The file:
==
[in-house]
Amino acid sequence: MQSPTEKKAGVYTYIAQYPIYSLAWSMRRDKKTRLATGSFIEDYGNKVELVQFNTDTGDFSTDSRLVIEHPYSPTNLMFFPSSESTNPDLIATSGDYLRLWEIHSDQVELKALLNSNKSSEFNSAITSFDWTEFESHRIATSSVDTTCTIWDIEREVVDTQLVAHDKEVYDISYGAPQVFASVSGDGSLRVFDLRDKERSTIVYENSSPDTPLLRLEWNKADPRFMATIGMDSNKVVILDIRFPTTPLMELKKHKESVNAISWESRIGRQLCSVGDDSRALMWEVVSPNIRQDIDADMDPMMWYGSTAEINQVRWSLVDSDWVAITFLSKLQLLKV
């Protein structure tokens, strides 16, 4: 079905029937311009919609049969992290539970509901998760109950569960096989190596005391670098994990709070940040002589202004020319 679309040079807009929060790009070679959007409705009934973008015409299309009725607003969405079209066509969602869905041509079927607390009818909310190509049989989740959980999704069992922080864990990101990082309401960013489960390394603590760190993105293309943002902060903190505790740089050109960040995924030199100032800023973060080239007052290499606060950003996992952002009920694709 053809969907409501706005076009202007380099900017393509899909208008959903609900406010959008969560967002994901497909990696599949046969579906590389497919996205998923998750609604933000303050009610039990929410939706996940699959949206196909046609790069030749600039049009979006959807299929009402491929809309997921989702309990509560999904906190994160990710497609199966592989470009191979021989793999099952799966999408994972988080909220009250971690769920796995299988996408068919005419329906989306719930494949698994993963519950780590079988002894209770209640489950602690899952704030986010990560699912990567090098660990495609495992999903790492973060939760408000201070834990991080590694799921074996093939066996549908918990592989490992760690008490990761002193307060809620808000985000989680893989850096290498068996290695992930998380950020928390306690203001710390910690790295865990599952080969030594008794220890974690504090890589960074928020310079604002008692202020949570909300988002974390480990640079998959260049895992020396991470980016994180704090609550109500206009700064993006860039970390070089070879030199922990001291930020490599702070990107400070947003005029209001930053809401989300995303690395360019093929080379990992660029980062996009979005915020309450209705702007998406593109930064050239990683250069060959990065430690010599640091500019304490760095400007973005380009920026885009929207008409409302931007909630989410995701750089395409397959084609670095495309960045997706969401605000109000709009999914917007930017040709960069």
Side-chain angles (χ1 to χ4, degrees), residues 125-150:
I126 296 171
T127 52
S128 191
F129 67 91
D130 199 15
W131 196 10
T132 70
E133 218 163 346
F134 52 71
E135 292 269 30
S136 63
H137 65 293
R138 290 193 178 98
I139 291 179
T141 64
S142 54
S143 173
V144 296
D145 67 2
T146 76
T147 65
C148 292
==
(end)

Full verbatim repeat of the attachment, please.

[in-house]
Amino acid sequence: MQSPTEKKAGVYTYIAQYPIYSLAWSMRRDKKTRLATGSFIEDYGNKVELVQFNTDTGDFSTDSRLVIEHPYSPTNLMFFPSSESTNPDLIATSGDYLRLWEIHSDQVELKALLNSNKSSEFNSAITSFDWTEFESHRIATSSVDTTCTIWDIEREVVDTQLVAHDKEVYDISYGAPQVFASVSGDGSLRVFDLRDKERSTIVYENSSPDTPLLRLEWNKADPRFMATIGMDSNKVVILDIRFPTTPLMELKKHKESVNAISWESRIGRQLCSVGDDSRALMWEVVSPNIRQDIDADMDPMMWYGSTAEINQVRWSLVDSDWVAITFLSKLQLLKV
């Protein structure tokens, strides 16, 4: 079905029937311009919609049969992290539970509901998760109950569960096989190596005391670098994990709070940040002589202004020319 679309040079807009929060790009070679959007409705009934973008015409299309009725607003969405079209066509969602869905041509079927607390009818909310190509049989989740959980999704069992922080864990990101990082309401960013489960390394603590760190993105293309943002902060903190505790740089050109960040995924030199100032800023973060080239007052290499606060950003996992952002009920694709 053809969907409501706005076009202007380099900017393509899909208008959903609900406010959008969560967002994901497909990696599949046969579906590389497919996205998923998750609604933000303050009610039990929410939706996940699959949206196909046609790069030749600039049009979006959807299929009402491929809309997921989702309990509560999904906190994160990710497609199966592989470009191979021989793999099952799966999408994972988080909220009250971690769920796995299988996408068919005419329906989306719930494949698994993963519950780590079988002894209770209640489950602690899952704030986010990560699912990567090098660990495609495992999903790492973060939760408000201070834990991080590694799921074996093939066996549908918990592989490992760690008490990761002193307060809620808000985000989680893989850096290498068996290695992930998380950020928390306690203001710390910690790295865990599952080969030594008794220890974690504090890589960074928020310079604002008692202020949570909300988002974390480990640079998959260049895992020396991470980016994180704090609550109500206009700064993006860039970390070089070879030199922990001291930020490599702070990107400070947003005029209001930053809401989300995303690395360019093929080379990992660029980062996009979005915020309450209705702007998406593109930064050239990683250069060959990065430690010599640091500019304490760095400007973005380009920026885009929207008409409302931007909630989410995701750089395409397959084609670095495309960045997706969401605000109000709009999914917007930017040709960069």
Side-chain angles (χ1 to χ4, degrees), residues 125-150:
I126 296 171
T127 52
S128 191
F129 67 91
D130 199 15
W131 196 10
T132 70
E133 218 163 346
F134 52 71
E135 292 269 30
S136 63
H137 65 293
R138 290 193 178 98
I139 291 179
T141 64
S142 54
S143 173
V144 296
D145 67 2
T146 76
T147 65
C148 292